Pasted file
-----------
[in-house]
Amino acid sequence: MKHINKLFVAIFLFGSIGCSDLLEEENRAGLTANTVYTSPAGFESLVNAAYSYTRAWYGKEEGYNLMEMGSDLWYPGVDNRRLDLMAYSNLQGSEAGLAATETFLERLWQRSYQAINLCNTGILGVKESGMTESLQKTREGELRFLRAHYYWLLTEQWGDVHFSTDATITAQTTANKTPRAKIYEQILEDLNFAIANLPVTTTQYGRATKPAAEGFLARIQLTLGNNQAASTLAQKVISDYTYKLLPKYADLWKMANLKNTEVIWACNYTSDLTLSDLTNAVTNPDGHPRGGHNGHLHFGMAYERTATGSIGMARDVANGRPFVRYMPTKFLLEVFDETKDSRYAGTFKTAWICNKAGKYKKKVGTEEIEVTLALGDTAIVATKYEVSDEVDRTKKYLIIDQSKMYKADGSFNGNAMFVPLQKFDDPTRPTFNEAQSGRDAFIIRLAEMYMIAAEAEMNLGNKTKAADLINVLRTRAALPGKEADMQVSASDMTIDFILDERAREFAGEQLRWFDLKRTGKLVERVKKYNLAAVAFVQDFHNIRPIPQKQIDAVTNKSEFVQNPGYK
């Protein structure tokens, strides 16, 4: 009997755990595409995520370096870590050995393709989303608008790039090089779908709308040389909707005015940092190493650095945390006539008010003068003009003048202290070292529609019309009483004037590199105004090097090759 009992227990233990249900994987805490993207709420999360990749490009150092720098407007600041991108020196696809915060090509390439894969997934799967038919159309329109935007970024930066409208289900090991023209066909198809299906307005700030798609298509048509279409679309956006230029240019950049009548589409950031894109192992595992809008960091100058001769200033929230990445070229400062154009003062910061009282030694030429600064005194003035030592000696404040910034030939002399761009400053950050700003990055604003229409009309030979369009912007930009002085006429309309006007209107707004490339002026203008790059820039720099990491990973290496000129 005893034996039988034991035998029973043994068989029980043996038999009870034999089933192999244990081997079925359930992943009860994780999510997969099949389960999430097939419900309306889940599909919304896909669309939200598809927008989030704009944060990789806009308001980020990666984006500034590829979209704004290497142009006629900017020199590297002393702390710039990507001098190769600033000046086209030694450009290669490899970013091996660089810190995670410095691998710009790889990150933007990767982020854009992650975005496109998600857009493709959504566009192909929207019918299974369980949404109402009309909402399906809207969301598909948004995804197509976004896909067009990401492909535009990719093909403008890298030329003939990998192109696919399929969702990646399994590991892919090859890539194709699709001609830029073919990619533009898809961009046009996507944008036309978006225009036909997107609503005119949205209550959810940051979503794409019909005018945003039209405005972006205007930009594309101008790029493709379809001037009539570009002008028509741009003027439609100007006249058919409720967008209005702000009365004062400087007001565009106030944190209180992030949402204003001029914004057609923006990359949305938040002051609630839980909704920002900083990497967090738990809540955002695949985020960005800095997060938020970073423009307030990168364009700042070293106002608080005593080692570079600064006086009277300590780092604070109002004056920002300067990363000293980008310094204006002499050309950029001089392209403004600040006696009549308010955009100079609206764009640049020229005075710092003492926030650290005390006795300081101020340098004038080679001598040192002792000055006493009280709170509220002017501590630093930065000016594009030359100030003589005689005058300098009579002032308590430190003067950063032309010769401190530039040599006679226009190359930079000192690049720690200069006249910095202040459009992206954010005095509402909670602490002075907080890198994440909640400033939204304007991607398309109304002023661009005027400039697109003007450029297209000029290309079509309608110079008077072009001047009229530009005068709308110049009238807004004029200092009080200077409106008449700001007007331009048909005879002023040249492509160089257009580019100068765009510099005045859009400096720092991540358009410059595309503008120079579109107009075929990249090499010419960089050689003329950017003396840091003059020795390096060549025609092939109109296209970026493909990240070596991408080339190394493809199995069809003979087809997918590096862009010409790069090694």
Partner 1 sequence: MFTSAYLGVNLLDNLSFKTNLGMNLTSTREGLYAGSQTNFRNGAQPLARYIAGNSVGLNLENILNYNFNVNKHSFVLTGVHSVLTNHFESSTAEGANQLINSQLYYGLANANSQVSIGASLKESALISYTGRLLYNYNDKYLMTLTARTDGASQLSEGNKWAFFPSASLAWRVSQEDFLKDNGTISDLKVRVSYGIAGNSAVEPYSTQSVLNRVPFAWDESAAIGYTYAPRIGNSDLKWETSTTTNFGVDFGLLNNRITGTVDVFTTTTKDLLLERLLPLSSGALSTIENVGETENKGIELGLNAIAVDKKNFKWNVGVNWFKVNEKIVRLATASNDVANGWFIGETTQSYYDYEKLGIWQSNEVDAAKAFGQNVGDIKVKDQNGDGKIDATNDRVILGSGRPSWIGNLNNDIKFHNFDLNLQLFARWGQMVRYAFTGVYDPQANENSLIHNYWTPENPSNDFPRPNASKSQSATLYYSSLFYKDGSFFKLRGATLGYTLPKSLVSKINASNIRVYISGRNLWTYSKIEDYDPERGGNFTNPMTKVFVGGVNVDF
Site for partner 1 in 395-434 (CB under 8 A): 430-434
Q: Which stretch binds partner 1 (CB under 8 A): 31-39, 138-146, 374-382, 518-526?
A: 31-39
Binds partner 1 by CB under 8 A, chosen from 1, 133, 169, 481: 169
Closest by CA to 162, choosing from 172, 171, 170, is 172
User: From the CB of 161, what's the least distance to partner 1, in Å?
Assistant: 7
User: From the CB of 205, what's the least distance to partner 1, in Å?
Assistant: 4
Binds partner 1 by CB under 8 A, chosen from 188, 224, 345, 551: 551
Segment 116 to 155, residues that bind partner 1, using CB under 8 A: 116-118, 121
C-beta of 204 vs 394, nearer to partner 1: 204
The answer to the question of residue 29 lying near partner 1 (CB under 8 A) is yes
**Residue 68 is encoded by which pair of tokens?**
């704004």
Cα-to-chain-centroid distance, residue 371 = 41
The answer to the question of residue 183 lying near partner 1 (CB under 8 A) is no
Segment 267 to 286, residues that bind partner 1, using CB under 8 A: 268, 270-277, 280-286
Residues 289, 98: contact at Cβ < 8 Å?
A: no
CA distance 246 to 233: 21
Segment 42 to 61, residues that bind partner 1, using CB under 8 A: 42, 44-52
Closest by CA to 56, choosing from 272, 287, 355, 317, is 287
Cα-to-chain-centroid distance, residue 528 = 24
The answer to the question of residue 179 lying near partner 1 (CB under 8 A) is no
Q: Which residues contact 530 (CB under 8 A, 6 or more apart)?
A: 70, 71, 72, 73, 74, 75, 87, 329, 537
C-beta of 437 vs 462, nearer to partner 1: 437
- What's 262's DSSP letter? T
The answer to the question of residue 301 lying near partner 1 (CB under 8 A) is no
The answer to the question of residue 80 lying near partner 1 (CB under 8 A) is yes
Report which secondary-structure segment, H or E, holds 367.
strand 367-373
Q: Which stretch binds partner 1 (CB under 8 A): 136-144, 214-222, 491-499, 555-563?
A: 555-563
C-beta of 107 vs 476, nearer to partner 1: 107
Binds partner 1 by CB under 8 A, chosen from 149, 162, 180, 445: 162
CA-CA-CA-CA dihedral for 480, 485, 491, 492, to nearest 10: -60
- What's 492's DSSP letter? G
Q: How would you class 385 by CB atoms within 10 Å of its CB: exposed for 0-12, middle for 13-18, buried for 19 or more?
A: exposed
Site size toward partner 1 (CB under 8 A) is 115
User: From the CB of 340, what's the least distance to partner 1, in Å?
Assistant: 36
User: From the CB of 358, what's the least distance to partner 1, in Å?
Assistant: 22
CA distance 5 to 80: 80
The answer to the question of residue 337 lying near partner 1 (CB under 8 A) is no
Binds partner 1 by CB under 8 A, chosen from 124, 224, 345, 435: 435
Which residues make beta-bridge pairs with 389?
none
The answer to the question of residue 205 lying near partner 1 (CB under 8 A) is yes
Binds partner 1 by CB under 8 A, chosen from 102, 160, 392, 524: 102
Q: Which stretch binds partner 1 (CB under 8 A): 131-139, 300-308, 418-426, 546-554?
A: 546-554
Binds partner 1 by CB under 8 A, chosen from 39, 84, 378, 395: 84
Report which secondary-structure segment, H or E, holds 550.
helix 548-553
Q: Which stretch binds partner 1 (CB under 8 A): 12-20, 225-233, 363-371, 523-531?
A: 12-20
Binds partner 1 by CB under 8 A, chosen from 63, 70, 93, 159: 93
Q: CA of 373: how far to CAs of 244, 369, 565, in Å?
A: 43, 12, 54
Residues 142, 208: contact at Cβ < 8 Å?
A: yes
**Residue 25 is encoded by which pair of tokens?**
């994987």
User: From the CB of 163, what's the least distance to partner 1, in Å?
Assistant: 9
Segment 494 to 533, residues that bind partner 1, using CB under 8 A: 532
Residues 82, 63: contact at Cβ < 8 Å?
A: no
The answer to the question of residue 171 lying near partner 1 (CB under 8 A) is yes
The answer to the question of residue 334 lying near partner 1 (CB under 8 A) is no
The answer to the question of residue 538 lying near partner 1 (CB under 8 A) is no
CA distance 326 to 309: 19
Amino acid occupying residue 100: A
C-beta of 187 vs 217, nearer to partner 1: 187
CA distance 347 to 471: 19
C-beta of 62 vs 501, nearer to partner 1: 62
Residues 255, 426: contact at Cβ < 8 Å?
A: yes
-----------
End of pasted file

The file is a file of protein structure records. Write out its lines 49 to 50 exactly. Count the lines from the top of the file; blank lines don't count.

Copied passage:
User: From the CB of 358, what's the least distance to partner 1, in Å?
Assistant: 22